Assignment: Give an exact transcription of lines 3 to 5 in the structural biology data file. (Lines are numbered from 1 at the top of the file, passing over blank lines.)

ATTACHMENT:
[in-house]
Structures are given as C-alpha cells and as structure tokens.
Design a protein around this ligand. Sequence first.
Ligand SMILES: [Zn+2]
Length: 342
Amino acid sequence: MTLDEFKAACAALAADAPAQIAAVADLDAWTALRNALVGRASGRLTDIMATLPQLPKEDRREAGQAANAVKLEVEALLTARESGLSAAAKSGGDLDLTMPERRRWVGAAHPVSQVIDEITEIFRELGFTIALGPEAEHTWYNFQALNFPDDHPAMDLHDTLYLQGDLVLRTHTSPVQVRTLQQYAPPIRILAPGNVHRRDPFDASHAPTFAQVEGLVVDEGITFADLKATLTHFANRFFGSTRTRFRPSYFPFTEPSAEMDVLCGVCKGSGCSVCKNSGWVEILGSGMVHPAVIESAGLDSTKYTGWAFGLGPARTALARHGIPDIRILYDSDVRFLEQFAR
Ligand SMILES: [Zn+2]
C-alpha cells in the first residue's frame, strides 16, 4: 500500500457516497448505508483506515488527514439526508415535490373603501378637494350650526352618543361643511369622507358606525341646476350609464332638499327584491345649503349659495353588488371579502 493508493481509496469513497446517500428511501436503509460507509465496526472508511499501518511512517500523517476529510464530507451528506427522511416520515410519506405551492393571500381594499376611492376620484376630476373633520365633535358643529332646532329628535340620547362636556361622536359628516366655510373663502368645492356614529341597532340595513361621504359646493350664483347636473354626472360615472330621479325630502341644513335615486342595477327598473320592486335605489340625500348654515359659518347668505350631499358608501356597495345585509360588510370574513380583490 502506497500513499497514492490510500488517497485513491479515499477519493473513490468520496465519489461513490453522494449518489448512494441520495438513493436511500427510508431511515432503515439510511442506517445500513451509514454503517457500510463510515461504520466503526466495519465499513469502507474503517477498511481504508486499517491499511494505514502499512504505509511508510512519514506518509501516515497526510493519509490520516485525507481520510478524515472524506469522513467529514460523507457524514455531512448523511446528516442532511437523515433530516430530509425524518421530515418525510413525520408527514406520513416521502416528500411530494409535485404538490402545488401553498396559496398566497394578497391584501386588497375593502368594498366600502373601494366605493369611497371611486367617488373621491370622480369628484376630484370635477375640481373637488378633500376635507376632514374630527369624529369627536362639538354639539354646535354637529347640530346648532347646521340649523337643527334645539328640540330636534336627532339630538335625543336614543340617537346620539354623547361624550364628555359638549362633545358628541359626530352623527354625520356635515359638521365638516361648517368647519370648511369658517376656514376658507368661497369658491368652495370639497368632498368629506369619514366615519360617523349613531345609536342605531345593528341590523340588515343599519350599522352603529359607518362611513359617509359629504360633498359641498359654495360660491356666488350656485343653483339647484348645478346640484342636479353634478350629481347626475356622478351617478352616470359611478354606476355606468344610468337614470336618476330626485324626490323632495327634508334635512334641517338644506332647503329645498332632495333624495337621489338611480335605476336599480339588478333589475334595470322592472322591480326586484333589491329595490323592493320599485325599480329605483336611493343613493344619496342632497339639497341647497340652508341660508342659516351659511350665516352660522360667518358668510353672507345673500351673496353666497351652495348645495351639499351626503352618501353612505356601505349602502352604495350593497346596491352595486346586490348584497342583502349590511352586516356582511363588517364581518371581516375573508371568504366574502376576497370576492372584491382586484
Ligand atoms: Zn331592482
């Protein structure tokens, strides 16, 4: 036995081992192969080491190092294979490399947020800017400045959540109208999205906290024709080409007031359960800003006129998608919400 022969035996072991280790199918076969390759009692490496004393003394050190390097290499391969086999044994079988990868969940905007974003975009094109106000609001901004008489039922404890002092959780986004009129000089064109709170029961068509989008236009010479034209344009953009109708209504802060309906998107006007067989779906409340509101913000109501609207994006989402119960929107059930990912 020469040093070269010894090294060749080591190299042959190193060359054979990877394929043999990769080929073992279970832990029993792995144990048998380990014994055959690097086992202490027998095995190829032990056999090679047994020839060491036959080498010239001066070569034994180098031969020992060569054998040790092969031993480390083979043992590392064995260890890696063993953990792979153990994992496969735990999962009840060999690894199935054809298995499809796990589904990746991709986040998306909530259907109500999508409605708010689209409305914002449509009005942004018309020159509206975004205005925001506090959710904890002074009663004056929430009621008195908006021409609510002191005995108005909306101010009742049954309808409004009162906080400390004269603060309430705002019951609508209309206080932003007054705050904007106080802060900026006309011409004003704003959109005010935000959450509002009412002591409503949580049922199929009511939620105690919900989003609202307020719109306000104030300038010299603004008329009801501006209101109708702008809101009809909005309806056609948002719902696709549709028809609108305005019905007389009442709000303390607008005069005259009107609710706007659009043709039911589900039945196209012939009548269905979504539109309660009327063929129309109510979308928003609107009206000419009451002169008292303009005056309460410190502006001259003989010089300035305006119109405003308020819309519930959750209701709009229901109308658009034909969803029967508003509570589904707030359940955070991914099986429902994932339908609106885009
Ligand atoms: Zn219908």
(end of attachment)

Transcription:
Design a protein around this ligand. Sequence first.
Ligand SMILES: [Zn+2]
Length: 342